Los Angeles-based businesses employing local workers would receive preferences in seeking bids and proposals for city contracts under a proposed city ordinance.
Mayor Antonio Villaraigosa and City Councilmen Paul Krekorian and Bernard Parks have announced their support of the city of Los Angeles’ so called local preference ordinance, which would award local businesses seeking government contracts by giving them greater value on their bids and proposals.
“Awarding government contracts to other cities represents a significant missed opportunity to stimulate the local economy and create jobs,” Villaraigosa said. “The local preference ordinance represents one more example of how my Office of Economic and Business Policy is thinking creatively and strategically to jumpstart our economy and create a competitive operating environment for businesses to thrive.”
Parks, the chair of the Budget and Finance Committee, added, “I am so pleased to work with my colleagues on creating an ordinance that gives preference to those businesses that pay taxes to the city and hire residents of the city.”
The new ordinance would provide an eight-percent preference to local businesses in their bids and proposals for government contracts. It will give preferential treatment to businesses during the two processes that award procurement funding: low bid contracts and request for proposals.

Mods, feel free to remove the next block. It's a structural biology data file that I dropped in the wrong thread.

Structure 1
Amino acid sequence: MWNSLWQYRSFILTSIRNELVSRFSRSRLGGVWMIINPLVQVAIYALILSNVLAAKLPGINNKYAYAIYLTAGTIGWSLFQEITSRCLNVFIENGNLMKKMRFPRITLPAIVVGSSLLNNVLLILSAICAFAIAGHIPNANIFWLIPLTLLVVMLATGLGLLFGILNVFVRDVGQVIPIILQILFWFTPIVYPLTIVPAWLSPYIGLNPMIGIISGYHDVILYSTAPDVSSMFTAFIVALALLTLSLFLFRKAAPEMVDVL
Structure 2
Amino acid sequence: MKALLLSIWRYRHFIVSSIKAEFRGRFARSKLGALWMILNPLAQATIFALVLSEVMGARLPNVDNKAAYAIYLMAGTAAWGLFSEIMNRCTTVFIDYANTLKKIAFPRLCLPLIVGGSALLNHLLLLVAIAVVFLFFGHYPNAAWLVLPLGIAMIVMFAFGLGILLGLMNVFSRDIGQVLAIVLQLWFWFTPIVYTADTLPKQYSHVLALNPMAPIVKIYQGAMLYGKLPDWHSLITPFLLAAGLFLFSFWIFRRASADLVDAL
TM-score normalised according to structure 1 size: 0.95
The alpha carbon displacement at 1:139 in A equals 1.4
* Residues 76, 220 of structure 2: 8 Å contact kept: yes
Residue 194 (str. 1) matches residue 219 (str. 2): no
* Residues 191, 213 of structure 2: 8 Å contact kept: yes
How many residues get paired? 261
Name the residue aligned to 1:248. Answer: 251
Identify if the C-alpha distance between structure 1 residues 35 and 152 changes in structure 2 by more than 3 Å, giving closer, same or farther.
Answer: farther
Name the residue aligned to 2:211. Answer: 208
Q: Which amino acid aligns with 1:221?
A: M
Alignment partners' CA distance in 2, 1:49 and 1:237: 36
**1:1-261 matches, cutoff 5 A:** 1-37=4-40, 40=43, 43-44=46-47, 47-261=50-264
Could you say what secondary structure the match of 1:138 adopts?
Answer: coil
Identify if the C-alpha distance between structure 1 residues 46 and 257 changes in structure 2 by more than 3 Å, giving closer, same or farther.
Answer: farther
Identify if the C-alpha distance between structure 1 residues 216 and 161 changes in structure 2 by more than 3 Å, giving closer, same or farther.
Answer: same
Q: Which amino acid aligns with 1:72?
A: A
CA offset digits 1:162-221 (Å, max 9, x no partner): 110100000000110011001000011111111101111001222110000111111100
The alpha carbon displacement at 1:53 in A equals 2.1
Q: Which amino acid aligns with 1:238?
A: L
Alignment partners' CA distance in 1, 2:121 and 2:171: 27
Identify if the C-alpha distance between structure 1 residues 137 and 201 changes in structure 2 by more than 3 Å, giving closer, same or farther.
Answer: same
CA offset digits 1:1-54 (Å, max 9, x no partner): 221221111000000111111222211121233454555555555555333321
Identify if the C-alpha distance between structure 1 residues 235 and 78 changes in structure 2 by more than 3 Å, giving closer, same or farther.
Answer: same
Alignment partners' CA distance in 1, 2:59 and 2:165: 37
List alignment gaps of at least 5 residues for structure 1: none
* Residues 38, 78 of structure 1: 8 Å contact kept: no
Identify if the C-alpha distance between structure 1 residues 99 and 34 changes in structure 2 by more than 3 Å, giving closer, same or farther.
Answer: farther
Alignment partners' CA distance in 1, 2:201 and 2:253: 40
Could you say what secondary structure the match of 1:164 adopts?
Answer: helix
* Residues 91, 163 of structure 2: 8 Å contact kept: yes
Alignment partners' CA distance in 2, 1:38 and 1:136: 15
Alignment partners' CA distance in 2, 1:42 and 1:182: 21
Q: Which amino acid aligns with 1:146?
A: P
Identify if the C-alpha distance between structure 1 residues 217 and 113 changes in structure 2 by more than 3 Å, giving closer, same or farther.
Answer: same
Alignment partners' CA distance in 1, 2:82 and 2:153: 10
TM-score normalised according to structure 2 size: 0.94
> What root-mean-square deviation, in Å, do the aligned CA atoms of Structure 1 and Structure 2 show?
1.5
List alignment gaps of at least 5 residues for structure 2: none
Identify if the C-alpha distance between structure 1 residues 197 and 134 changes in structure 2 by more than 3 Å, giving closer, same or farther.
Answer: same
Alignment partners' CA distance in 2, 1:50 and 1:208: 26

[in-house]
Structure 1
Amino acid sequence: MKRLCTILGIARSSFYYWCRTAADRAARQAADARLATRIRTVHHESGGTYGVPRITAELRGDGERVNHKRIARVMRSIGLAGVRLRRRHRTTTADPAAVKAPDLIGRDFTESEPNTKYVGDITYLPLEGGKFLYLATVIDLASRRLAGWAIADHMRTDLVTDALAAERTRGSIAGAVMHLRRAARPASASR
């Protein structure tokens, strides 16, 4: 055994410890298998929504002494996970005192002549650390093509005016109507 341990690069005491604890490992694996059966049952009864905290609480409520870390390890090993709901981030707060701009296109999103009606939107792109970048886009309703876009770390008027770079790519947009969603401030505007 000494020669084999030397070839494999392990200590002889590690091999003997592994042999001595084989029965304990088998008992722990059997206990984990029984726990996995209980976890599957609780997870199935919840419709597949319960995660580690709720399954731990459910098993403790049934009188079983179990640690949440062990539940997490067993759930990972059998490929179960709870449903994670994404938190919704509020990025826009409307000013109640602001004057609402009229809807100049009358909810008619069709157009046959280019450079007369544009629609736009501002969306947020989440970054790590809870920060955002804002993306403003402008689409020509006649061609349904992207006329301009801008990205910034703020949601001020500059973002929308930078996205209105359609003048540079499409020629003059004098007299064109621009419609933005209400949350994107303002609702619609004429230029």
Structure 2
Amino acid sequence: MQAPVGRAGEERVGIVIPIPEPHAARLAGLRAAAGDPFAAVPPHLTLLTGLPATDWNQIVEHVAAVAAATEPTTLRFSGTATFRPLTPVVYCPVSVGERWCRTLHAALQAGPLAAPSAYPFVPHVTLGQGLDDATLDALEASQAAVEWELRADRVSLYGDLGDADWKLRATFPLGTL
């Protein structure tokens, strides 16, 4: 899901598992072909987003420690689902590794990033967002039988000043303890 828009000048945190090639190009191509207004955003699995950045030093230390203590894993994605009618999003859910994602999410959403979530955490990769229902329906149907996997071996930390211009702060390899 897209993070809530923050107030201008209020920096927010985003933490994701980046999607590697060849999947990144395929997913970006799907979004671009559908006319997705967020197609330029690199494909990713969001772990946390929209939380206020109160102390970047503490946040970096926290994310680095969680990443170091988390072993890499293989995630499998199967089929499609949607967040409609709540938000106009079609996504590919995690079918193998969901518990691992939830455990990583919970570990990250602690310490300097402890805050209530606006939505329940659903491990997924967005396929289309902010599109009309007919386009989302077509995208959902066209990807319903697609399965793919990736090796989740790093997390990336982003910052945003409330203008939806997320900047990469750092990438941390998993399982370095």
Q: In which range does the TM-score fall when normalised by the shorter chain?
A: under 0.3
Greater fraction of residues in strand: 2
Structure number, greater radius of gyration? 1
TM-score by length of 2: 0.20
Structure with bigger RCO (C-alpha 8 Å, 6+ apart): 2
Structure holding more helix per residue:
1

In the low bid contract scenario, the local preference will lower the bid price by eight percent, while in the RFP scenario a local business will be given additional evaluation points.
To receive a local preference, a business must:
Have filed and maintained a Business Tax Registration Certificate for the prior six months;
Occupy building space in the geographical area required by the City Charter as evidenced by either a lease or deed; and
Have 50 percent full-time employees work in the city at least 60 percent of the time or have 50 full-time employees work in the city at least 60 percent of the time.
City officials note that local preference policies are commonly used in various cities throughout the country to spur local economic development and job creation.
“This will help create jobs in Los Angeles,” First Deputy Mayor and Chief Executive of Economic and Business Policy Austin Beutner said. “The local preference policy will help small businesses that are the backbone of the Los Angeles economy.”